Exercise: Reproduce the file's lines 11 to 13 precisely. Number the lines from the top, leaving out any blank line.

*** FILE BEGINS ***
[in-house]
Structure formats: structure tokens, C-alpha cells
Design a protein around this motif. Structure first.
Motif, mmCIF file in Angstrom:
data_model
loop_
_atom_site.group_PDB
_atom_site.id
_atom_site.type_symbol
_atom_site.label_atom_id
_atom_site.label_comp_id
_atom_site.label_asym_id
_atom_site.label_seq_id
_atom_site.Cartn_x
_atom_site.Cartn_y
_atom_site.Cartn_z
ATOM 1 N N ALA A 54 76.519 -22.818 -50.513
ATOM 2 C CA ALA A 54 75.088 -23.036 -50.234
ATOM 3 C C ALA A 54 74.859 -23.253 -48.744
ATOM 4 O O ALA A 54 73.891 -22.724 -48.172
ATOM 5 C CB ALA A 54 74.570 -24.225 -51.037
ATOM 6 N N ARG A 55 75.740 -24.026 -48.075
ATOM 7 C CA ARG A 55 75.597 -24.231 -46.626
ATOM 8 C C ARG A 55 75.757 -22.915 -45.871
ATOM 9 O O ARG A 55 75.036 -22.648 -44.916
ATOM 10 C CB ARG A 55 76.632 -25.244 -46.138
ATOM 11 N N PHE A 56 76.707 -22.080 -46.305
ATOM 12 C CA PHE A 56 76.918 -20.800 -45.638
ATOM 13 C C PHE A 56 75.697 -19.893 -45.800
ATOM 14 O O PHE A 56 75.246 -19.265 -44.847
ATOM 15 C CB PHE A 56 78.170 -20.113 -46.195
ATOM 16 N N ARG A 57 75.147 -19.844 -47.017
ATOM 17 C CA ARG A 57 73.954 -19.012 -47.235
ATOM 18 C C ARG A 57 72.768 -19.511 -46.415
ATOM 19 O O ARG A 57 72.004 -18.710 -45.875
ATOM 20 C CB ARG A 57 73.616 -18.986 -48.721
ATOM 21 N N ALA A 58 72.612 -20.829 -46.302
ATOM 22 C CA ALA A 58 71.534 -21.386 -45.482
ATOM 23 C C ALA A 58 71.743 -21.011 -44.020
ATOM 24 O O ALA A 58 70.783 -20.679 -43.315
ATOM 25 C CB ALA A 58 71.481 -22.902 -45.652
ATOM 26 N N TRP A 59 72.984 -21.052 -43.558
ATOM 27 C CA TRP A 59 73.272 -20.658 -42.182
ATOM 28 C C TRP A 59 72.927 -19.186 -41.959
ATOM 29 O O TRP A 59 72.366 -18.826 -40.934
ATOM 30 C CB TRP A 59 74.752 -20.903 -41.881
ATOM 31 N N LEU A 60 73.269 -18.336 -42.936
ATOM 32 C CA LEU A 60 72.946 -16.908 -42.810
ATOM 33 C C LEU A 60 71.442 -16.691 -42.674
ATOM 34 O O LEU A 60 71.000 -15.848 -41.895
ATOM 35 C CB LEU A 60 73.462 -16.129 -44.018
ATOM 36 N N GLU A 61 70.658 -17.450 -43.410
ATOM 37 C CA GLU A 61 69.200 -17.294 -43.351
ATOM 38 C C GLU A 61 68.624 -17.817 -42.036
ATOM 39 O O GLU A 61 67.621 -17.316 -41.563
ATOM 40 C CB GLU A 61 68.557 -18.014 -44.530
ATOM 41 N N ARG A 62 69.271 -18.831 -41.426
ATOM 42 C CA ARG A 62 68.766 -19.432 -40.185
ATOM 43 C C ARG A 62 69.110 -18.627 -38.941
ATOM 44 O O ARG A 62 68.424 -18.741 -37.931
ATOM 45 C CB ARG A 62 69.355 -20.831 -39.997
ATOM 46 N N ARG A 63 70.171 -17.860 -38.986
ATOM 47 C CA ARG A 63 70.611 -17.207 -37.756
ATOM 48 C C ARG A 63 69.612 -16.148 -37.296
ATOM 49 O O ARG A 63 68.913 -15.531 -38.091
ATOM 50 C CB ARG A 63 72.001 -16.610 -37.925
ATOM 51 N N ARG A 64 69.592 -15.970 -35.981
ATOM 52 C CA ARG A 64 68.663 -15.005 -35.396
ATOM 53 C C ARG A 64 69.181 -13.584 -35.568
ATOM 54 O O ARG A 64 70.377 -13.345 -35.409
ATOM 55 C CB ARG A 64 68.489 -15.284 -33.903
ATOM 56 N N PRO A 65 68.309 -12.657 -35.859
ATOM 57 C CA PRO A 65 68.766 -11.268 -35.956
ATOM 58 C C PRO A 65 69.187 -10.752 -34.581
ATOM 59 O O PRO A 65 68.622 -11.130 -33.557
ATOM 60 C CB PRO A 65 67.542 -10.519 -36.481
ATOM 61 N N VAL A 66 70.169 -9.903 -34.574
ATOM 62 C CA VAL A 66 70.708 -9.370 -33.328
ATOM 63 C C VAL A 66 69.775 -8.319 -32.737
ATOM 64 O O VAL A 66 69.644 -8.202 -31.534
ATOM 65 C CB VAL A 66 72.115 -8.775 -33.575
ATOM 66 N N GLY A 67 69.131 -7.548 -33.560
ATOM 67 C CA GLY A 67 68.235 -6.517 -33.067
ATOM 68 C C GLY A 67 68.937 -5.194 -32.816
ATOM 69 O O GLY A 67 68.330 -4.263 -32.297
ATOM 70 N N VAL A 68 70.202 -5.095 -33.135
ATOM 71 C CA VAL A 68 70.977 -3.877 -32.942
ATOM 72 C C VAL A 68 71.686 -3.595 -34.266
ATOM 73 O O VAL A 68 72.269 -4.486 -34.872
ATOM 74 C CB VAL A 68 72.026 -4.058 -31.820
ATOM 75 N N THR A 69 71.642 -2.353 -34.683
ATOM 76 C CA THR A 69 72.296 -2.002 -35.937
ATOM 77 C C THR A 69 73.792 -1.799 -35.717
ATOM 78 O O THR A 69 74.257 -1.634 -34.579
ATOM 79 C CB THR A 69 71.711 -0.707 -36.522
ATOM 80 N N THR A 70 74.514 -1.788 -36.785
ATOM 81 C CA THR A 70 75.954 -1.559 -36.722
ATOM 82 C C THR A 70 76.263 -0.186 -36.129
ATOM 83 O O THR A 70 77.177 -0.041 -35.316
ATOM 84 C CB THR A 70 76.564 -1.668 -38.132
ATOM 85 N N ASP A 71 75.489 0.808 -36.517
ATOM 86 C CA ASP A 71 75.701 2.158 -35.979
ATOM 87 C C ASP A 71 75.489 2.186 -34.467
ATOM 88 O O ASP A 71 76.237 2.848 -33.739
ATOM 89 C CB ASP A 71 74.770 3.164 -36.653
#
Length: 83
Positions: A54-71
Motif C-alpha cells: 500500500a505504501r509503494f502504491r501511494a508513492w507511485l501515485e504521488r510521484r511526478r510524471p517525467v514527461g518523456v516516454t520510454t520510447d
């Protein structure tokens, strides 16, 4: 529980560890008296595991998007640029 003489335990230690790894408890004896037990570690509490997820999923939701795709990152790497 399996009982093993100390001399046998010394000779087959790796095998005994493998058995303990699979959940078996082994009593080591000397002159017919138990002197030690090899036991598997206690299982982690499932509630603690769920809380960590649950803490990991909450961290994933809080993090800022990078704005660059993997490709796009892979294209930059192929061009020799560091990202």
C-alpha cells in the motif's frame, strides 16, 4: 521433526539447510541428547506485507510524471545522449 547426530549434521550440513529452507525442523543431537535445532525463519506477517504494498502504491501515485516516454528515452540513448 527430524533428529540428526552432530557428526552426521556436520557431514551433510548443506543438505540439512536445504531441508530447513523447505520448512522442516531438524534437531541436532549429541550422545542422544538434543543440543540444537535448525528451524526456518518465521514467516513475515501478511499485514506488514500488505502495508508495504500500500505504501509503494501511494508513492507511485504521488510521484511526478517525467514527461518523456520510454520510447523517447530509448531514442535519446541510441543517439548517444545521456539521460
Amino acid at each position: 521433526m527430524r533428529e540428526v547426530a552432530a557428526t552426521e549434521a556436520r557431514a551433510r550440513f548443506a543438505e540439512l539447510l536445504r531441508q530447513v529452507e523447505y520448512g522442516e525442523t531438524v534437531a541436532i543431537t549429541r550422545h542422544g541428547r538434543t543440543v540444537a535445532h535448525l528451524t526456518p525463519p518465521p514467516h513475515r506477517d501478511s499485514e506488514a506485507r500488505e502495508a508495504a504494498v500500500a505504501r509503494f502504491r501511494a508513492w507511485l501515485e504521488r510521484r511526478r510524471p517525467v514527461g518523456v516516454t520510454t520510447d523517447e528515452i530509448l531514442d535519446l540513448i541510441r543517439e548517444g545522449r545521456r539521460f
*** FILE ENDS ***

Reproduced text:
_atom_site.label_comp_id
_atom_site.label_asym_id
_atom_site.label_seq_id